In this review we get a look at a soldiers story and his trip to the South Atlantic in 'Scimitar into Stanley' from Pen and Sword.


The following introduction is as provided by Pen and Sword:

In May 1982, Captain Roger Field, The Blues and Royals, attached to HQ 5th Infantry Brigade, sailed on the Queen Elizabeth 2 as part of the second wave to liberate the Falkland Islands. Surprised by what he saw at Brigade HQ he started writing a diary.

His journey took him to Fitzroy as the Argentinean aircraft struck the landing ships Sir Galahad and Sir Tristram. A chance meeting led to him joining the Commanding Officer of 2 Para for the Battle of Wireless Ridge. When the Paras lost the commander of one of their four The Blues and Royals armoured cars part way through the battle Roger took command of that Scimitar. He fought the rest of the battle from the turret. Next day his Scimitar was at the very tip of the spear as 2 Para and The Blues and Royals led the victorious charge into Port Stanley; Max Hastings hanging onto the back of his vehicle.

‘Revisionist’ in places and always refreshingly candid, this account is unique as it describes the War from the viewpoint of a staff officer, infanteer and armoured vehicle commander. A gripping read.


This book titled is authored by Roger Field and titled ‘Scimitar into Stanley’. This is a hard backed book offering from Pen and Sword offering 208 pages and 35 photographs. The book is presented in the following chapters:

Chapter 1 - Queen Elizabeth2, Southampton Docks, 12 May 1982

Chapter 2 – QE2 Sailing

Chapter 3 – Sailing South

Chapter 4 – Stiff Upper Lips

Chapter 5 – Africa

Chapter 6 – Tropical Torpor

Chapter 7 – Active Service

Chapter 8 – Towards Grytviken, South Georgia

Chapter 9 – Grytviken to Bomb Alley

Chapter 10 – Ashore

Chapter 11 – Tractors at Darwin

Chapter 12 – The Power of Command

Chapter 13 – Blooded but Unbowed, Wazzock

Chapter 14 – Playing with the Paras

Chapter 15 – Berets on Helmets off – The Fog of War

Chapter 16 – The Battle of Wireless Ridge

Chapter 17 – The Fog of Victory

Chapter 18 – The Spoils of War

Chapter 19 – Windsor

This book is one of those that tells a person’s experience of war and any of you who have been to war or on active operations will feel right at home here. The author despite being an officer presents himself well and has a very British sense of humour with the military twists installed on top. The book starts with the will we, won’t we and the constant stand by stand down before moving onto the mad rush of getting your kit and you to a specific place at a specific time and mounting up before going to war.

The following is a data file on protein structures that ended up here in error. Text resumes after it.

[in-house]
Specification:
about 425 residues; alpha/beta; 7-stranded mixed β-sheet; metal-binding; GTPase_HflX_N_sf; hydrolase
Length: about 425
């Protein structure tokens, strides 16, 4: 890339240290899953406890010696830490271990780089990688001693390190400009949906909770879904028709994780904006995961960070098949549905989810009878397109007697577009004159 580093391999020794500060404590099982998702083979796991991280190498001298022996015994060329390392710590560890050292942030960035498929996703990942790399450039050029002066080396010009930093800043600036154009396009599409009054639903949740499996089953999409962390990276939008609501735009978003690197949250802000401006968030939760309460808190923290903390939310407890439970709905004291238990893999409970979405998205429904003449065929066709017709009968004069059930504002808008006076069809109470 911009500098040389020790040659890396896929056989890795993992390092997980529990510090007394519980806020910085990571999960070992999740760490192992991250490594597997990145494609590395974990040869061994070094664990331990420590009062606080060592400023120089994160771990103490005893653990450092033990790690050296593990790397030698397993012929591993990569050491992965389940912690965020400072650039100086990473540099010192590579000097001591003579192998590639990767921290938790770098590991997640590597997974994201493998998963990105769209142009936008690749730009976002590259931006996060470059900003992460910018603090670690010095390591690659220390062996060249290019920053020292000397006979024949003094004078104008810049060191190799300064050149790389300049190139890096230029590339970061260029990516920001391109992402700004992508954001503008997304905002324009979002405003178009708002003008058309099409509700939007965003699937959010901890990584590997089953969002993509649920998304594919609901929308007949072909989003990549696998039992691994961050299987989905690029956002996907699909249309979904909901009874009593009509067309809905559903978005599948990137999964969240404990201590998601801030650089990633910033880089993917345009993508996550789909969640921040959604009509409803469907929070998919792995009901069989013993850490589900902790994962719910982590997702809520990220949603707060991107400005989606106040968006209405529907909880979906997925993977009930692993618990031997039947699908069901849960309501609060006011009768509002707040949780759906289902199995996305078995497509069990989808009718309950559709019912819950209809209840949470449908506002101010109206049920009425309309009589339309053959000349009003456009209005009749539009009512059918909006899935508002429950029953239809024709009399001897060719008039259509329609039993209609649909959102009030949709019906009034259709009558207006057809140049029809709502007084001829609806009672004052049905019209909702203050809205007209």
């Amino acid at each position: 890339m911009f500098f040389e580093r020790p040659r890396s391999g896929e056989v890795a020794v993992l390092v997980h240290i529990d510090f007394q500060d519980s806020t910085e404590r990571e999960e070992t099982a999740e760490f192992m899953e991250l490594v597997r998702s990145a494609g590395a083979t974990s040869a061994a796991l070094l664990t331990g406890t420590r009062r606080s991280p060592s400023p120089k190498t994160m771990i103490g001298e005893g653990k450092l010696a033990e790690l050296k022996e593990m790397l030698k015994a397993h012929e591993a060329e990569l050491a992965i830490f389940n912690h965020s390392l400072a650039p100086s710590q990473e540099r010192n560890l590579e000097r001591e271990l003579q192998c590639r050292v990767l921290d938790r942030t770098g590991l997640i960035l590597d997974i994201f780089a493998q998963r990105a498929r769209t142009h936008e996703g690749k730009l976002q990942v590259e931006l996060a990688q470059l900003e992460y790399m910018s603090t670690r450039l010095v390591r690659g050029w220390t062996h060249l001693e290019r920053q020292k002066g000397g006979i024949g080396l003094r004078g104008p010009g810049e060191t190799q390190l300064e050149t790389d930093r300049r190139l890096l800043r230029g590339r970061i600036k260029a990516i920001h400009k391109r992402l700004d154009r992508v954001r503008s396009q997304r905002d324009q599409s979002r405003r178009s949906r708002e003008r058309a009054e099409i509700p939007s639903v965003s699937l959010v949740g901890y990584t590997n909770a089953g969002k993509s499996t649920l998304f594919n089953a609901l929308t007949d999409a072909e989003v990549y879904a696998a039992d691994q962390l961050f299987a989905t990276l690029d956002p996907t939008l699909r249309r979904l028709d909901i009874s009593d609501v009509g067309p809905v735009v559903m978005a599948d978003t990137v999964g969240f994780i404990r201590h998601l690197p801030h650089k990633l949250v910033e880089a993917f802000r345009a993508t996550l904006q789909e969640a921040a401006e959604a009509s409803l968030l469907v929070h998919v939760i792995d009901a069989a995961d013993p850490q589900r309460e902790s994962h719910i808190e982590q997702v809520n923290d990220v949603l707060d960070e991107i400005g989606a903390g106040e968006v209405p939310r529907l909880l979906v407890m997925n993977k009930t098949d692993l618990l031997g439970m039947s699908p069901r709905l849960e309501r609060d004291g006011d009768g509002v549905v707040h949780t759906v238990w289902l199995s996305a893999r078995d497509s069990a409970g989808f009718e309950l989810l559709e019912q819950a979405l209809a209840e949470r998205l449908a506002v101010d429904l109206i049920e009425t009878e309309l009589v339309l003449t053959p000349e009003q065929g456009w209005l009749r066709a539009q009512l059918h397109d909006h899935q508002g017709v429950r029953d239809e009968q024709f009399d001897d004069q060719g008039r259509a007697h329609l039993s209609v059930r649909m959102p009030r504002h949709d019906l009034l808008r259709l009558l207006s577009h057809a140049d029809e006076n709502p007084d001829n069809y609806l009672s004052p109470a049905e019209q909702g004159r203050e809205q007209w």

You then get the hours of boredom with time only being taken up with the task of avoiding work (you know how it works always carry a piece of paper and you will be left alone). The time when things begin to change is when you enter the war zone and you are in charge of not just keeping yourself alive but also those under you, or at least no letting them die due to a cock up. The severity of the cock ups during the Falklands Campaign were brought home to me by the section covering the Royal Artillery and Parachute Regiment not being informed about 600 Scots Guards coming in by sea and nearly engaged by friendly forces (And we wonder how blue on blue happens!) As you continue to follow this man’s war you begin to wonder how we ever won as it is a list of issues from equipment not supplied or available to a lack of communication resulting in attempts to kill troops on your side. 

For those who have never been to war or served then this book gives the kind of insight into the events faced in times of war, the trials and tribulations faced in this case by an officer, but similar issues faced by all military personnel regardless of rank or arm of service. The author has presented his Falklands War in a way that makes it very readable and bounces from fun to action along the way in a way that enthrals the reader.


This is a great read due to the style in which it is presented that makes for a book that makes you want to follow the story. Fun and frolics are covered along with death and destruction, and I think everyone who has served or knows someone who has served will see something of the person they know in this story. If you ever meet the author give him a sip of Whisky as it may take him back to another place and a younger person with more of a story to tell.



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